Saturday, April 28, 2012
Creating a Safe Password
We have all come up with our tiny devices on how to keep in mind all of these tiny devils. From setting them to something that is simple & obvious to keep in mind (& guess), to making all of them the same, to adding trickery by ending swapping out the 'e's with '3's & ending all of them with a '1', or an '!', all of them have their nice points & bad points. Above all this, there is thing all of us understand, namely, that the passwords that protect our most valuable stuff must be complicated & confusing in order to be secure. Right? Wrong. Although unintentionally misguided, this idea of passwords having to be "complex" in order to be secure has its roots in something called password entropy.
First, a tiny dip in to the theoretical side of the pool... Password entropy is the way in which technical geek-types measure how secure a password is. In a nutshell, entropy states that there's a finite number of guesses you can make for each character in a password before you get that particular character right. To increase a passwords entropy (or security), you increase the number potential characters that each individual character can be. This means that the bad guys have more guesses to make per character, & that your password is more secure. Confused? Let's break this down in to something a bit more tangible. Let's analyze a PIN number from an entropy standpoint. A typical PIN number has digits, each a numbered from 0 to 9. In entropy-speak, this means that in0 guesses or less, & password cracker will absolutely get the correct digit for each individual digit in the PIN number.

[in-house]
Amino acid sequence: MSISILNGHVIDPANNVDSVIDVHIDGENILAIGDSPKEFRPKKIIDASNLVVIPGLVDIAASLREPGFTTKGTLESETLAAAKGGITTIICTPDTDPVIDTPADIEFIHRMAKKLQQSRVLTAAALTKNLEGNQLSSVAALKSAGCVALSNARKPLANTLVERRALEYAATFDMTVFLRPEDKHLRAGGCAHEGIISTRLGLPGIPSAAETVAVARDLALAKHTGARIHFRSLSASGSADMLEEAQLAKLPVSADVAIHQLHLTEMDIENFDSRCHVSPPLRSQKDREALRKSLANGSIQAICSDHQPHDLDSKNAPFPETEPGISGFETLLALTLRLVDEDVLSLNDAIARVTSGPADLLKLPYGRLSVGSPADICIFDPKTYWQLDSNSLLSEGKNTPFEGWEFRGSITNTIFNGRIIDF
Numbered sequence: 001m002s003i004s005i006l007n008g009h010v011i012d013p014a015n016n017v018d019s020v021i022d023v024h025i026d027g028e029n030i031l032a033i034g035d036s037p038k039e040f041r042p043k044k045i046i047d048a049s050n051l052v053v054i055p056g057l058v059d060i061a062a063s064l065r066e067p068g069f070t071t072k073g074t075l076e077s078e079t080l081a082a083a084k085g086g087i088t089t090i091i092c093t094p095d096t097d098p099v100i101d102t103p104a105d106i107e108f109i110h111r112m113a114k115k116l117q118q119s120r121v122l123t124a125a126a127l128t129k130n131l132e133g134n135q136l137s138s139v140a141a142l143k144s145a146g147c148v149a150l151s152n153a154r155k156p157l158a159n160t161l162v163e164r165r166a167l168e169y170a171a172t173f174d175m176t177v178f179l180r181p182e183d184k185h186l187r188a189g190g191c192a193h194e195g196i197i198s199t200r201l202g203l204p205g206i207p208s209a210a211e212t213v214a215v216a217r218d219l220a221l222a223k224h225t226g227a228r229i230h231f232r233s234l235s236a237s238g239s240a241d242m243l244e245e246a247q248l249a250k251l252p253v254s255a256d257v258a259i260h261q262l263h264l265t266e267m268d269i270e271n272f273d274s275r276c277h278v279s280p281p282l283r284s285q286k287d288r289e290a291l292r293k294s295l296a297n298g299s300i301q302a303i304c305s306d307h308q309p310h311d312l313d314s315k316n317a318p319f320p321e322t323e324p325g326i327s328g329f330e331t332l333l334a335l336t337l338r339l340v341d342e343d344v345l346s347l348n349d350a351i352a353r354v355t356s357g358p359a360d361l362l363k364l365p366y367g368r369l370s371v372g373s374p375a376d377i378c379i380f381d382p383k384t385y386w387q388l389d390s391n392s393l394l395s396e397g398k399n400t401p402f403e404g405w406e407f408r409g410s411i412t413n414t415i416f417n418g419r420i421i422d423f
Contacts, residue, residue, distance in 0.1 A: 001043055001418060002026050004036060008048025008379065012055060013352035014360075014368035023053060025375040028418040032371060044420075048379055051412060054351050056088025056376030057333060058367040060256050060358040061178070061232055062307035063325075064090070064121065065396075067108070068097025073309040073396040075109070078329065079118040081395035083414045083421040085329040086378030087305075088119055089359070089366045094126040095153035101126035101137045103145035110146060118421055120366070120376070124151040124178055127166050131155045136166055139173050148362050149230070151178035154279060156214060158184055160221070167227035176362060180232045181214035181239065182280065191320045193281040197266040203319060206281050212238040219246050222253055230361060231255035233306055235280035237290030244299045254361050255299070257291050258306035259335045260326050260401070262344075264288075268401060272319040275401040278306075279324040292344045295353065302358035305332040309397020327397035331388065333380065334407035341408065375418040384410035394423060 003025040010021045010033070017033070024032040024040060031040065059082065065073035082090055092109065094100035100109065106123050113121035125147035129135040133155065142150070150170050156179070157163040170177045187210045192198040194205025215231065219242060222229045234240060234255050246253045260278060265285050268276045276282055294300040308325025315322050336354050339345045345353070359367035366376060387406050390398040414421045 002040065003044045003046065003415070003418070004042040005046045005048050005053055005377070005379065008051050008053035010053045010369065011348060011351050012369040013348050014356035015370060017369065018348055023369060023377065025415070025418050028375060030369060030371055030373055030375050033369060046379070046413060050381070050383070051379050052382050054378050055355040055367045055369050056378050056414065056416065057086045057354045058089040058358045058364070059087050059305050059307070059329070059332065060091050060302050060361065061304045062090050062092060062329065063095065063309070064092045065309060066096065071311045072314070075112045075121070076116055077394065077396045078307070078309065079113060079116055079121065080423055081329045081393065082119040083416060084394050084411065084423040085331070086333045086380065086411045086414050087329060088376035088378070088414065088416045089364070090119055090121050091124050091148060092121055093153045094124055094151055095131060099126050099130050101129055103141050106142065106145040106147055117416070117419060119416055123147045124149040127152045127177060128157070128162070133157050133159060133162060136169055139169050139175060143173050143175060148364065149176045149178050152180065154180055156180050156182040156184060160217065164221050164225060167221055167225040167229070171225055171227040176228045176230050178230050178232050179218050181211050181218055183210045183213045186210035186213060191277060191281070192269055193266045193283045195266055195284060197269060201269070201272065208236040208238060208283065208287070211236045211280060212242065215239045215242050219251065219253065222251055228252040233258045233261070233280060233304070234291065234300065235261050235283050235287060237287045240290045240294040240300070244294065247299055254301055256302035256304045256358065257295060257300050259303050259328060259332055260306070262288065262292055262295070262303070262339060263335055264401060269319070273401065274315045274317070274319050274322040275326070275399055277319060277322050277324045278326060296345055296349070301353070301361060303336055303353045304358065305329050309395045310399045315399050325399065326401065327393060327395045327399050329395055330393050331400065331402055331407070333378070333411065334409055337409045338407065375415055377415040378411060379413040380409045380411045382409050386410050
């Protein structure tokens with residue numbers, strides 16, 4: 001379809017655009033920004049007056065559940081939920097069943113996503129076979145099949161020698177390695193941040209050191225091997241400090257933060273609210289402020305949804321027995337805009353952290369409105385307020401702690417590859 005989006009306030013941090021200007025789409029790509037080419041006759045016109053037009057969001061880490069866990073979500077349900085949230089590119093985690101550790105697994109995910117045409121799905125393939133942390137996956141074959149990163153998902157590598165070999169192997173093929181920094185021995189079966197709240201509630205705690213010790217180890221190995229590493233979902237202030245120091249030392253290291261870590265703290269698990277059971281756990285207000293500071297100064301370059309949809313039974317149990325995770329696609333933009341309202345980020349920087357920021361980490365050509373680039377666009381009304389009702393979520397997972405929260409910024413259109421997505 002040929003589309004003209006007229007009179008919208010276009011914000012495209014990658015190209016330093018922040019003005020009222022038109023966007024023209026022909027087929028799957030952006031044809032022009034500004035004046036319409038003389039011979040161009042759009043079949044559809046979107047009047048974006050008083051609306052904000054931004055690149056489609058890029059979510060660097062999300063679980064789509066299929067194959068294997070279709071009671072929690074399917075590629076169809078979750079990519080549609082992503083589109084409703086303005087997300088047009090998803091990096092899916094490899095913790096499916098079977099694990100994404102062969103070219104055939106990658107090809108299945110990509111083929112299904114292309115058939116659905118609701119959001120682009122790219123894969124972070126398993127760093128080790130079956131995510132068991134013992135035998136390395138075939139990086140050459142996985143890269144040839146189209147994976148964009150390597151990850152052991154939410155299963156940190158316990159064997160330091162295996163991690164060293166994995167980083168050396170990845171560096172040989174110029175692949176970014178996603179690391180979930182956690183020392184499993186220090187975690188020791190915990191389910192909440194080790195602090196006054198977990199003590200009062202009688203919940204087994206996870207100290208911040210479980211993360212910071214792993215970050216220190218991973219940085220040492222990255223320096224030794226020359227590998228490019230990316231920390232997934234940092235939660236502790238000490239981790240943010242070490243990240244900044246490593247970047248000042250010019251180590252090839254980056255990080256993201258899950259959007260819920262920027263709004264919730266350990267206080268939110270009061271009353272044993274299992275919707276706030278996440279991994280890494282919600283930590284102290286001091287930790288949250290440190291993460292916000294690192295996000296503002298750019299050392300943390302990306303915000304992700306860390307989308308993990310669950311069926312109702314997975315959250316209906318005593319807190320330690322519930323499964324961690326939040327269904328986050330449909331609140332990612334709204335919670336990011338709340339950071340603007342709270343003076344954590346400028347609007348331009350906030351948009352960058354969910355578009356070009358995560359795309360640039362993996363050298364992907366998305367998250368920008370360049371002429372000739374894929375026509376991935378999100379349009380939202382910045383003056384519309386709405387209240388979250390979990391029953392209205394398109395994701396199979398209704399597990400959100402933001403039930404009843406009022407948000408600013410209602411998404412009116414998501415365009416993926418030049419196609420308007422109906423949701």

Without going in to the math, each symbol in a 10-symbol-based password, has an entropy of three.3219. That is not excellent. So how do you make this PIN number more secure? option -which is the most-utilized option, is to increase the number of feasible symbols each character can be. In our PIN number, by adding the letters A through Z (without case-sensitivity) in to the mix, an additional 26 feasible guesses must be made in addition to our original ten. In entropy, our newly-upgraded PIN has an entropy of five.1699. Very full bits better than our original. If they then add case-sensitivity, spaces, & all the special characters they have on our keyboards (like '!', '@', etc..) they can push entropy up to 6.5699.